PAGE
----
Tuvalu’s waters had some of the highest densities of fish in the Pacific, but the fishing licences had been sold to Japan, Taiwan and Korea.

A puddle was growing in front of the meeting house, minute by minute. Within half an hour, it reached the size of a swimming pool. The day I was there, the tide had gone above three metres for the first time that year. I stared at the ground, fascinated. It seemed more like a sieve. For the islanders, the bubbling brooks that sprang up everywhere were nothing special. No one stopped to look.

The prime minister was busy writing a speech for Independence Day. I asked his secretary of state why Tuvalu had become the poster child for climate change. “Because we cry the loudest,” he said. For what reason? “For money and passports.” They were looking for ways to relocate their people.

I left Tuvalu the next day, laden with beautiful shell necklaces. But many illusions about the “sinking paradise” that I’d arrived with were left behind. 

A road through the narrowest part of Tuvalu’s main island, Funafuti.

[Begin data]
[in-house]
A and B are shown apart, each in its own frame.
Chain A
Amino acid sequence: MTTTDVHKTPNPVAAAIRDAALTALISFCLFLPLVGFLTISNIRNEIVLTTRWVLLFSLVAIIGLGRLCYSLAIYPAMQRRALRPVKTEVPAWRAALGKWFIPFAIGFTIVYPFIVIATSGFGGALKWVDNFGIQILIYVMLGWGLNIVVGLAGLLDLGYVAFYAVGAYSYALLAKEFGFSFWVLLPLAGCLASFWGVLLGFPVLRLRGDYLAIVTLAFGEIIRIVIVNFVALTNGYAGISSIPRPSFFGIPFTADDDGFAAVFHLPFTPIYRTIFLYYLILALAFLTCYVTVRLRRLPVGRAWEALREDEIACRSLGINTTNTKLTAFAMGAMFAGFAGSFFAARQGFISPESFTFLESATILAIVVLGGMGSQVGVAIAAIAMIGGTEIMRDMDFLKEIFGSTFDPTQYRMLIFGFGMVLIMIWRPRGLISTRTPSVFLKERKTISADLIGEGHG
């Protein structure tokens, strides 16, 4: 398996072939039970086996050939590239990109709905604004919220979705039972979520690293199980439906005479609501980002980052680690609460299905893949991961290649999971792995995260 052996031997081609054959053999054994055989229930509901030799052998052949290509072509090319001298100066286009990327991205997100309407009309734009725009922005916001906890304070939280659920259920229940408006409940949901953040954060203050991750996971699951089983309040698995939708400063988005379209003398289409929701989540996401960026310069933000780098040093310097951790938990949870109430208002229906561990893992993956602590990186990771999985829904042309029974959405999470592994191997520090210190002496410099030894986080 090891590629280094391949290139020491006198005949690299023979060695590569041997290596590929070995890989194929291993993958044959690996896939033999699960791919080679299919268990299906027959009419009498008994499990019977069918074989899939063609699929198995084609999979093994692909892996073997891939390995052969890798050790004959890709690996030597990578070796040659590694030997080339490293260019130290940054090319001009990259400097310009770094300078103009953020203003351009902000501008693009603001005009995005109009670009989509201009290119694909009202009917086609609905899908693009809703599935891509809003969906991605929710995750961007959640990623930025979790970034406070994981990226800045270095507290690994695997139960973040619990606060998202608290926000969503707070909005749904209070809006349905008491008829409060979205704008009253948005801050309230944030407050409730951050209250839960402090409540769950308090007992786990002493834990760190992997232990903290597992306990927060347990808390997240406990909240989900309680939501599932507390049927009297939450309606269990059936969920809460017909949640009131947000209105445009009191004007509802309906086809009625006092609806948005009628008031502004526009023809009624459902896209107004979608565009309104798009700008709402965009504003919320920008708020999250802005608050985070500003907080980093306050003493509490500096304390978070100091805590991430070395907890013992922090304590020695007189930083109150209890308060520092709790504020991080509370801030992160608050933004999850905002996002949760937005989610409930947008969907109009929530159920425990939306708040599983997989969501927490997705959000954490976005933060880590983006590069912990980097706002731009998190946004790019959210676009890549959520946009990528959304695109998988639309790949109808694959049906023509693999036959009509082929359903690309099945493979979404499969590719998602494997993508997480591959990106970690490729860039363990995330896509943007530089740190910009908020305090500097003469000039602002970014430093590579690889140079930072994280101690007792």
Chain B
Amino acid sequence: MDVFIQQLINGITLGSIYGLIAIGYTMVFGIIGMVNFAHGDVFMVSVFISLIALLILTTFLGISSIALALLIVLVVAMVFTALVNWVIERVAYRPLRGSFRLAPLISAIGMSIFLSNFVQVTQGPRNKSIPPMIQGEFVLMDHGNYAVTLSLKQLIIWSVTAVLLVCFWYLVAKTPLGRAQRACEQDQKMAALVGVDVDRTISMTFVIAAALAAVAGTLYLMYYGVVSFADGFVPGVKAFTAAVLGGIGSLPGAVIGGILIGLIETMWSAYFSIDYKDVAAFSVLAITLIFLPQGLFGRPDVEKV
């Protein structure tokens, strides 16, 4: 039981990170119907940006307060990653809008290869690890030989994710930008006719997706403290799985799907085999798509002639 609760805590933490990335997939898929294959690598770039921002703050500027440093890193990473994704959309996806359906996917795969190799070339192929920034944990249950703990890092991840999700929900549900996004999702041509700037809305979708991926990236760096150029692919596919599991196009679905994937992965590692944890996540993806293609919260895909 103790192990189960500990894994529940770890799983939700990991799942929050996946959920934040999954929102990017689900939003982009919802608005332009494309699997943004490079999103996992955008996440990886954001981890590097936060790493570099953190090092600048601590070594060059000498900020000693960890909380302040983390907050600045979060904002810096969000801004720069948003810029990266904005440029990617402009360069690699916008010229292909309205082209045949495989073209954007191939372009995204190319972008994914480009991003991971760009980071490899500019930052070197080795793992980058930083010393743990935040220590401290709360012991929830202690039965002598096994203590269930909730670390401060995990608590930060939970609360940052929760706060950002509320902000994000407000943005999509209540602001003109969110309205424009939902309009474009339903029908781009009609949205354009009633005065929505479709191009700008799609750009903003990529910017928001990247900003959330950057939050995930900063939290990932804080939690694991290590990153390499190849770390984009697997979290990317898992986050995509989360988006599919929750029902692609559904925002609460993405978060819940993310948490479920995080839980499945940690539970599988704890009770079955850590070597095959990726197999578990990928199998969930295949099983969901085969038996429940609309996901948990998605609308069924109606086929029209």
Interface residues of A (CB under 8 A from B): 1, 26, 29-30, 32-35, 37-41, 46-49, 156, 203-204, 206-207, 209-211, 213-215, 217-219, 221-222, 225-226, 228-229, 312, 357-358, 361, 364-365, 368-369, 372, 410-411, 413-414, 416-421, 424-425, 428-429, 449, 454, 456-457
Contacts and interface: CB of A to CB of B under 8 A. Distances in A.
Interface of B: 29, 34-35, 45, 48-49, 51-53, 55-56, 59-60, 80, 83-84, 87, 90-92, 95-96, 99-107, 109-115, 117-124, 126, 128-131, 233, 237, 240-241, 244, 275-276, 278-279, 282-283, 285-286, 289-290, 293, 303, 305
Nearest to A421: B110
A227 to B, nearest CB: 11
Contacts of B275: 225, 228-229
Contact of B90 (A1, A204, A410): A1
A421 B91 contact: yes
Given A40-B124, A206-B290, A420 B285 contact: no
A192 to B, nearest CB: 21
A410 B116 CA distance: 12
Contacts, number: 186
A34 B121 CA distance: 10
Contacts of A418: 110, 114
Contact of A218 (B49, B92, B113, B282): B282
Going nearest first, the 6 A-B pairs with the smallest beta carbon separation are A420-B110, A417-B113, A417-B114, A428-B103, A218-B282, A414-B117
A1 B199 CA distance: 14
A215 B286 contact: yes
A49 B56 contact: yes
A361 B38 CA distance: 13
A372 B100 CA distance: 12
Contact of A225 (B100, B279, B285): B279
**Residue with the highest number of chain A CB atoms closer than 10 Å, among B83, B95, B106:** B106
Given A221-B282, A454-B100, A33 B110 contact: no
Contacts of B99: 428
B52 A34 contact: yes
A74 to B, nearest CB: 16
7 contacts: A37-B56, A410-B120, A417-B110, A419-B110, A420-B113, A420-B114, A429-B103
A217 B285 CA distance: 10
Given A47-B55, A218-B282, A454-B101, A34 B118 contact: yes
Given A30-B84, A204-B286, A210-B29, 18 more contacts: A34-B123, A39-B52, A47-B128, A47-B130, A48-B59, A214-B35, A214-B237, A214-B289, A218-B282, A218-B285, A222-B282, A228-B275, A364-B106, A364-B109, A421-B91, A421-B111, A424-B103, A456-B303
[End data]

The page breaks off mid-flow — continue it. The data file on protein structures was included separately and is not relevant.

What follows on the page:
In November 2007, Sigeo and Siga Alesana set out to visit their relatives in New Zealand over Christmas. They took very little luggage, flew to Fiji and applied for visitor visas from there. When they arrived in Auckland in December, Siga was pregnant again. That changed everything, as she couldn’t risk another complicated delivery. Sigeo extended their visas, but from the end of 2008 they were illegal overstayers. Their son Tupou was born, induced early to avoid another difficult birth. He most likely would not have survived in Tuvalu.

Sigeo got a job at McDonalds, and his driving licence. In 2011, another son, Tolise, was born. Both parents wanted to stay in New Zealand, where Sigeo’s sisters were living. They’d been granted residency through marriage and the Pacific Access Category. The Alesanas’ attempt to apply for refugee status on the grounds of climate change in Tuvalu failed, however, because they were not threatened by terror, war or prosecution. Climate change isn’t covered under the UN Convention Relating to the Status of Refugees, which dates back to 1951.